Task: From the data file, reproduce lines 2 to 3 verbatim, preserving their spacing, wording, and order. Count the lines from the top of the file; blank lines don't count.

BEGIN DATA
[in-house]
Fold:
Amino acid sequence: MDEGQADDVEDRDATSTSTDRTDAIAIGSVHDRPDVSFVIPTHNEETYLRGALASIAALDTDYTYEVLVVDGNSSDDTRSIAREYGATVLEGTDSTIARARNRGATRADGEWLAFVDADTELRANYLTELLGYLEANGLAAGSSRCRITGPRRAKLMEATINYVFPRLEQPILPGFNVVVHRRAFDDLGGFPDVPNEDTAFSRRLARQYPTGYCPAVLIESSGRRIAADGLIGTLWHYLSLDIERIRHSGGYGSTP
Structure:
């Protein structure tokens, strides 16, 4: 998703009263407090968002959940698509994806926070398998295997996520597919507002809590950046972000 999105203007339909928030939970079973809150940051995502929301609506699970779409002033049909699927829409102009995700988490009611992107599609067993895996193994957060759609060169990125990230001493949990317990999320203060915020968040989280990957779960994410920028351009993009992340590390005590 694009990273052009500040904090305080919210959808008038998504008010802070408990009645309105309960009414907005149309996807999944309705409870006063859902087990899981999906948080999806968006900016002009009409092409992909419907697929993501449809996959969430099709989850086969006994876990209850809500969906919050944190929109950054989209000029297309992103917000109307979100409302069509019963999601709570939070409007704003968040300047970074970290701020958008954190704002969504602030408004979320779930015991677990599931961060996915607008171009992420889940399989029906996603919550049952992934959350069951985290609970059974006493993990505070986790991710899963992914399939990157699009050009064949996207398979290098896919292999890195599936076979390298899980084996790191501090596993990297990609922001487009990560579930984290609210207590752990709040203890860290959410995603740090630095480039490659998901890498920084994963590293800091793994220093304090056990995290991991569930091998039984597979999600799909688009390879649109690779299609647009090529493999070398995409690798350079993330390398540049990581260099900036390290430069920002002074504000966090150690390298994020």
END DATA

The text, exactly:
Fold:
Amino acid sequence: MDEGQADDVEDRDATSTSTDRTDAIAIGSVHDRPDVSFVIPTHNEETYLRGALASIAALDTDYTYEVLVVDGNSSDDTRSIAREYGATVLEGTDSTIARARNRGATRADGEWLAFVDADTELRANYLTELLGYLEANGLAAGSSRCRITGPRRAKLMEATINYVFPRLEQPILPGFNVVVHRRAFDDLGGFPDVPNEDTAFSRRLARQYPTGYCPAVLIESSGRRIAADGLIGTLWHYLSLDIERIRHSGGYGSTP